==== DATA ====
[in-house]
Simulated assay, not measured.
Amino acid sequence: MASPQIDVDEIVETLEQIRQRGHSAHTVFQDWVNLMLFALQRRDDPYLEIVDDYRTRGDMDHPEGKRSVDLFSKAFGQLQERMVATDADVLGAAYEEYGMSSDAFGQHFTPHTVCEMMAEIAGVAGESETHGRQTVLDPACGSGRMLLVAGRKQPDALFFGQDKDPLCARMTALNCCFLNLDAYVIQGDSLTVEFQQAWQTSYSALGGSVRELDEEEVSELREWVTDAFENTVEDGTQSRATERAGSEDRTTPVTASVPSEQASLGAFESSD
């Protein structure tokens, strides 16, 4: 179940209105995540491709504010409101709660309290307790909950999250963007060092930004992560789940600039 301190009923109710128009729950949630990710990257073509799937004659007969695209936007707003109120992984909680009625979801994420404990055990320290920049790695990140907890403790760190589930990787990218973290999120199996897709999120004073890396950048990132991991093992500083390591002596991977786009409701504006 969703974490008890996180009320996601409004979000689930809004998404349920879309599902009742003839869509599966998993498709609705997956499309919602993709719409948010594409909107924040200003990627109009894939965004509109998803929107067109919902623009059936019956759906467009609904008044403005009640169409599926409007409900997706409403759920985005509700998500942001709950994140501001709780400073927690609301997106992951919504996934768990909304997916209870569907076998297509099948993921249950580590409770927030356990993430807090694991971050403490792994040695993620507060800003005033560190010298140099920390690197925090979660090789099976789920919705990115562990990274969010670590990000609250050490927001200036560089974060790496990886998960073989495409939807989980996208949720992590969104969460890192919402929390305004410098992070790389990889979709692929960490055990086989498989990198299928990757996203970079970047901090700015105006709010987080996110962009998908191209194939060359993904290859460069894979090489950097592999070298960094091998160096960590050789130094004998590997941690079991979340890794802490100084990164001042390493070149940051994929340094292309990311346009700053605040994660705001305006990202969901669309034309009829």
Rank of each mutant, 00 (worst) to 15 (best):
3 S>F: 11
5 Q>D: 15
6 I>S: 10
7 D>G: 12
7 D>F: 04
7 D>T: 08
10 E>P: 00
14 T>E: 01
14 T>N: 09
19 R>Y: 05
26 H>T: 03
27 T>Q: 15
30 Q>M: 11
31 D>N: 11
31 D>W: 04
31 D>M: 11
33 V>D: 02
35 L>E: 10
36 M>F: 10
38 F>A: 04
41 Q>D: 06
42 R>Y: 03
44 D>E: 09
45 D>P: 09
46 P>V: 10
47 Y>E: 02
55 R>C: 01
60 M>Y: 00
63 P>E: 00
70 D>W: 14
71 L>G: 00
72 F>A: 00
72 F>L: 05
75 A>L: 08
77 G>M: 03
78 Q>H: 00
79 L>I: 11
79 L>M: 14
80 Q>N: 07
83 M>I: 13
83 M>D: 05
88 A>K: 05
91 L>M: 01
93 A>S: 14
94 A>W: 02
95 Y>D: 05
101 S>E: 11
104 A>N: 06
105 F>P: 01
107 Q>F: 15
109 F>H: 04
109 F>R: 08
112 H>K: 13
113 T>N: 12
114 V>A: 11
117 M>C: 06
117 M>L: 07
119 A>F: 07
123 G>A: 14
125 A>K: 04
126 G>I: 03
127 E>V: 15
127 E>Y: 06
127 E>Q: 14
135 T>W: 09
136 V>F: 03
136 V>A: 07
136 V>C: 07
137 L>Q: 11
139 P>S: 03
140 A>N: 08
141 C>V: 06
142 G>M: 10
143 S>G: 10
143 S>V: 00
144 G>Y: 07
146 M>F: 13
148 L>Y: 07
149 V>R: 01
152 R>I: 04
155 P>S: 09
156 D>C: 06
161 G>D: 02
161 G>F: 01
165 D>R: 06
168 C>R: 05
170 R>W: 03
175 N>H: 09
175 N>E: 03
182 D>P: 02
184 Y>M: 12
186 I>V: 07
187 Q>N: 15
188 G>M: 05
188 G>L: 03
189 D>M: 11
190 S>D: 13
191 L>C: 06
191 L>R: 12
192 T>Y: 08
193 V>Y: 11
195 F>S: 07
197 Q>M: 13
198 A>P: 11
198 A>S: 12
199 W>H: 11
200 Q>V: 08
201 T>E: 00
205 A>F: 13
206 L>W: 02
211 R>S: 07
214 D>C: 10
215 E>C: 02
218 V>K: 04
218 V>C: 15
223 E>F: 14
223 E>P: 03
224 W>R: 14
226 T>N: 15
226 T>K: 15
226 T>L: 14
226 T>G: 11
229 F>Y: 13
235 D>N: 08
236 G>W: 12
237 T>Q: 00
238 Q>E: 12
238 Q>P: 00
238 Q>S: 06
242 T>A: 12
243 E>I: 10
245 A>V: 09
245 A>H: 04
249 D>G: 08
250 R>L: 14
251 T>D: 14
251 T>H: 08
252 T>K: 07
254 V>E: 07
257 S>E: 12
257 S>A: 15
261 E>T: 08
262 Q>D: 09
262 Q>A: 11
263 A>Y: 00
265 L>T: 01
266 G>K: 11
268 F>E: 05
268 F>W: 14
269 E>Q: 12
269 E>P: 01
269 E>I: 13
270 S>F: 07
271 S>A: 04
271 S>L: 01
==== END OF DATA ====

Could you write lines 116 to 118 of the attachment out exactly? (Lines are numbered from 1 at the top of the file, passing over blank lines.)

211 R>S: 07
214 D>C: 10
215 E>C: 02